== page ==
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(The following is being syndicated from The Captain’s Blog)

Everybody knew that Zack Greinke would be traded before Spring Training, but the suddenness of the deal, not to mention the destination, was somewhat of a surprise. However, despite attempts to suggest the contrary, the Yankees were not caught off guard by the transaction.

As soon as Cliff Lee finally made up his mind, Greinke trade rumors became the new fuel for the hot stove. Because the Yankees and Rangers were both jilted by Lee’s decision, the natural assumption was that both would be the front runners for the Royal’s ace, but once again, a “mystery” team emerged from the pack. Not surprisingly, Greinke’s trade to Milwaukee was portrayed as another blow in the Yankees’ off season of discontent, but in reality, it was really evidence of a firm hand steering the ship.

Without a doubt, Greinke is a very talented pitcher, but some of the recent analysis of the trade seems to be based on the notion that the right hander’s real plateau is his 2009 Cy Young season, in which he had a WAR of 9.4 and ERA+ of 205, and not the more “normal seasons” that have surrounded it. That’s not to suggest Greinke isn’t a top of the rotation starter, however. In particular, WAR likes Greinke enough that his 2008 and 2010 seasons both ranked among the top-20 pitchers in all of baseball. Although ERA+ is less kind (ranked 21 in 2008 and 61 in 2010 among all qualified pitchers), Greinke’s performance before and after his Cy Young season has been strong enough to suggest continued success, especially with a move to the weaker NL Central, but that doesn’t mean he should be viewed along the lines of Lee or any other top ace in the major leagues.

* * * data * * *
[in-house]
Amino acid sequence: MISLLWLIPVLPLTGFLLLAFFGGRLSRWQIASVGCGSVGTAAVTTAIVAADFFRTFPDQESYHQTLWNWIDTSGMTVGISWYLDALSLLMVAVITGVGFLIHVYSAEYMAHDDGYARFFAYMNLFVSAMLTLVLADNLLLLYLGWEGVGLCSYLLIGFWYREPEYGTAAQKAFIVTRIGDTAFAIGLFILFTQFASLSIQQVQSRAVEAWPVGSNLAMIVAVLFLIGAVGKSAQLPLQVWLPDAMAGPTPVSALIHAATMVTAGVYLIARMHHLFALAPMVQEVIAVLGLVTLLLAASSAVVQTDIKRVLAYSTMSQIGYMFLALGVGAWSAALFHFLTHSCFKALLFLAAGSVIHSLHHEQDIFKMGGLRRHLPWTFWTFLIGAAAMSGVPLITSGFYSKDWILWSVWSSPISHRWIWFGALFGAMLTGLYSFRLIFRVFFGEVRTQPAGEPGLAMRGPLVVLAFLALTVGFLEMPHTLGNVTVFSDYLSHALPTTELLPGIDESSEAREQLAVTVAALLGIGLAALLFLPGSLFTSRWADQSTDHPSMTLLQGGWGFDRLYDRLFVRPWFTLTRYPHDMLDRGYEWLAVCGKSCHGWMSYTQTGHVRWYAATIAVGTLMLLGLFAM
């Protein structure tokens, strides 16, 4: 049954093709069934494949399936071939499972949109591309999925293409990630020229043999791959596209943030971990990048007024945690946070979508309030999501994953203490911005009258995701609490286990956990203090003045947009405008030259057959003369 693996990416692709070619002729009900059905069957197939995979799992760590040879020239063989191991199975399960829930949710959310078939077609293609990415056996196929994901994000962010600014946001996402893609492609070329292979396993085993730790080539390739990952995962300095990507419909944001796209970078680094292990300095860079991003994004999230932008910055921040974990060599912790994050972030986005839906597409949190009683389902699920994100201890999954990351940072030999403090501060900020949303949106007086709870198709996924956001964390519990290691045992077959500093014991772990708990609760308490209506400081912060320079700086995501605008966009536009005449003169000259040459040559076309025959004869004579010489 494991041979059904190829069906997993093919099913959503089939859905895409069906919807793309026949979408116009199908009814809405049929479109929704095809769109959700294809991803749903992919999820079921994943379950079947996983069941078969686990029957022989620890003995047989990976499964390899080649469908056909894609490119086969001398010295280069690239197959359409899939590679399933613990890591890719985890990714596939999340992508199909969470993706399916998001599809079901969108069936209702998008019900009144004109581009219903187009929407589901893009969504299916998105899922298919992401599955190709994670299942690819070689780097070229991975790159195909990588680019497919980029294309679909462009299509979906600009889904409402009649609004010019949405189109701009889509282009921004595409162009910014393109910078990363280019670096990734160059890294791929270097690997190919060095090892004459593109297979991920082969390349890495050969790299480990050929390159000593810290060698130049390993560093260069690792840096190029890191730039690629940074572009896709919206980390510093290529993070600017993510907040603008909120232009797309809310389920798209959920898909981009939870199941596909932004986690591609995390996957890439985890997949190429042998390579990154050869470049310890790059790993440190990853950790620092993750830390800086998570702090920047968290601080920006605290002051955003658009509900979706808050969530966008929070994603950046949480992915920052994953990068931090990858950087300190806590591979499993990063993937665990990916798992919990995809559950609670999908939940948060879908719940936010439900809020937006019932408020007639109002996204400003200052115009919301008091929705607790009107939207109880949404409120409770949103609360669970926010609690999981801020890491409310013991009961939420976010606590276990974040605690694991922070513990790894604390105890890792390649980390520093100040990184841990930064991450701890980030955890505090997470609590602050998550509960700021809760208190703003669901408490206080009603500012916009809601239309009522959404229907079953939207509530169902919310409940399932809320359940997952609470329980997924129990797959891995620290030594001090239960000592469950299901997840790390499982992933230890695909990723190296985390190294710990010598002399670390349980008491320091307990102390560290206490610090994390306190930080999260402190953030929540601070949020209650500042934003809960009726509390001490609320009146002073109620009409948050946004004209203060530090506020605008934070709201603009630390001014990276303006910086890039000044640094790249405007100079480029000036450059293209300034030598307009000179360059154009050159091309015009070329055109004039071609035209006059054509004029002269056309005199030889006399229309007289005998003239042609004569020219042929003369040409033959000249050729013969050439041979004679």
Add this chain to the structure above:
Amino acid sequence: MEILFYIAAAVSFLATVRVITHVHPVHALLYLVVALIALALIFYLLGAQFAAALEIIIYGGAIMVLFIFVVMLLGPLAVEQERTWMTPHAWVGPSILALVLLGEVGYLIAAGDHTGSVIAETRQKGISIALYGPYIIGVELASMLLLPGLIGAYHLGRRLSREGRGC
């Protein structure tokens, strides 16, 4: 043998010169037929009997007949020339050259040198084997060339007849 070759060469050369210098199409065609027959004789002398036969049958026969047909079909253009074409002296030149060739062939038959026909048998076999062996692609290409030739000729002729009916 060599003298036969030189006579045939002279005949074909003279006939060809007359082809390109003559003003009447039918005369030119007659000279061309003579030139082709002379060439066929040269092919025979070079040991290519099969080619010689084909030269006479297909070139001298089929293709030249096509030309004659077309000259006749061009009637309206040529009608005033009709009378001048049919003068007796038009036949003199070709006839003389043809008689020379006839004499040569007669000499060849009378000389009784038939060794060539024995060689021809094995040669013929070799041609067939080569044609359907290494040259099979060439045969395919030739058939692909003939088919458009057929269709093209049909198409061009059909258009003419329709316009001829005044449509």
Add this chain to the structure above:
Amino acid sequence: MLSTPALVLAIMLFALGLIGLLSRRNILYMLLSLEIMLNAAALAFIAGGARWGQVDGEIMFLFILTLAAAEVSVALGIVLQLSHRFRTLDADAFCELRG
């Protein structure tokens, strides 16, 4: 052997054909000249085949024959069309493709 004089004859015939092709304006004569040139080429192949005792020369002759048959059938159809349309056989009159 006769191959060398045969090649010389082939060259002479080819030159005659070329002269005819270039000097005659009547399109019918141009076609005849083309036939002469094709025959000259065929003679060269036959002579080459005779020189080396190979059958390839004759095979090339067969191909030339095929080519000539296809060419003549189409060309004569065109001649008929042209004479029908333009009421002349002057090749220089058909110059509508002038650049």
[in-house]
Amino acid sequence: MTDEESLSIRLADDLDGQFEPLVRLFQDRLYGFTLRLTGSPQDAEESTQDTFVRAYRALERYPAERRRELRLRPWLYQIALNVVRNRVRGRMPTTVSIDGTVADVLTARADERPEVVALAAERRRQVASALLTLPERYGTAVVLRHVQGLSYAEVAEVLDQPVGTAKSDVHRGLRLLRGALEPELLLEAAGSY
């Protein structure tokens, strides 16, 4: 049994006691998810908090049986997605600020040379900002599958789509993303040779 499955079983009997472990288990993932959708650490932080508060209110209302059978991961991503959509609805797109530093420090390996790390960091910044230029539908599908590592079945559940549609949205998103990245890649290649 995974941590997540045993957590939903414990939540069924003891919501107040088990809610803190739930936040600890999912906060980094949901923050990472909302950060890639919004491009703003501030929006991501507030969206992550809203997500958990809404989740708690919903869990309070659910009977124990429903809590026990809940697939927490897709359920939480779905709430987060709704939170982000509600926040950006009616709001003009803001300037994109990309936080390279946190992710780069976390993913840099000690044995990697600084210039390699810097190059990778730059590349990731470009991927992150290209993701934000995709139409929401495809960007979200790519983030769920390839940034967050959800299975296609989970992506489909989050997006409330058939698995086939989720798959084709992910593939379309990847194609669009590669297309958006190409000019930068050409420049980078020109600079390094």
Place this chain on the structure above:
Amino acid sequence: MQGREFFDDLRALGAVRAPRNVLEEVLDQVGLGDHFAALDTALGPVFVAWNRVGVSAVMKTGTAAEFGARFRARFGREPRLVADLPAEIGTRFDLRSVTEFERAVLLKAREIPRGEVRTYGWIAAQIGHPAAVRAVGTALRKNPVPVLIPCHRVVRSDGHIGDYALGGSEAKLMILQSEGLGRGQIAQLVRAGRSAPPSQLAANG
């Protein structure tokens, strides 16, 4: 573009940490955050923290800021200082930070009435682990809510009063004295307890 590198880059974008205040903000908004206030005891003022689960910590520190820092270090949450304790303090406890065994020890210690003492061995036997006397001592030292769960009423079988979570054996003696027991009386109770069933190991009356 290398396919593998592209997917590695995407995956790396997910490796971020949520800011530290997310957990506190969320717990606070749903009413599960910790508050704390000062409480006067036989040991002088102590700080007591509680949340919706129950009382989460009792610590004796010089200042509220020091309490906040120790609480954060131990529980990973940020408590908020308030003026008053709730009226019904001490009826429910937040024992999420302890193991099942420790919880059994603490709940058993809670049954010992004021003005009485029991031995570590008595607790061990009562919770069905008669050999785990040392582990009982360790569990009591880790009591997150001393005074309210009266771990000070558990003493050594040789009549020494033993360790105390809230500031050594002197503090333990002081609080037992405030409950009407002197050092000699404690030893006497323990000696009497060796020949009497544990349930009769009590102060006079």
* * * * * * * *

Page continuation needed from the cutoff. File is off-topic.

On the Strength of a Historic 2009 Cy Young Season, Zack Greinke Has Ranked Among the Best Starters in the Majors Since 2008

  2008 2009 2010 Total Rank
WAR 4.9 9.4 5.2 19.6 4
ERA+ 126 205 100 133 11
xFIP 3.76 3.15 3.76 3.55 11

Note: Minimum of 450 innings.
Source: baseball-reference.com and fangraphs.com

It remains to be seen how well the Royals made out in the deal (respected evaluators like ESPN’s Keith Law and BP’s Kevin Goldstein disagree somewhat), nor is it certain that the Yankees could have offered a similar package without including higher end prospects like Jesus Montero. Regardless, it seems as if the Yankees made an informed decision that Greinke’s past health issues and overall performance, combined with the asking price, all conspired to make him a less than ideal alternative to the team’s failed pursuit of Lee. In other words, there likely wasn’t any panic in the Yankee offices when the Greinke deal was announced.

So, if Greinke wasn’t the best fit for the Yankees, who is? Even with the return of Andy Pettitte, the Yankees will still need to fill one rotation slot. Mark Buehrle seems to be an ideal candidate, but White Sox GM Kenny Williams has stated that the veteran lefty is not on the trading block. One pitcher rumored to be available is the Rays’ Matt Garza. However, even if Tampa was willing to trade within the division, the volatile right hander’s declining peripherals suggest that he wouldn’t qualify as a frontline starter, nor be worth the expected cost. In fact, he has the hallmarks of another A.J. Burnett, and the Yankees likely have their fill of pitchers with that profile.

Considering the lack of attractive options, the Yankees may well decide to entrust the role to rookie Ivan Nova and then bide their time for a midseason acquisition. Patience has been the off season-long theme for the Yankees, and the Royal’s trade of Greinke shouldn’t trigger a change of course. It might be hard as a fan to accept, but as long as Brian Cashman practices what he preaches, the 2011 season remains in good hands, even if the Yankees seem to be lacking the necessary arms.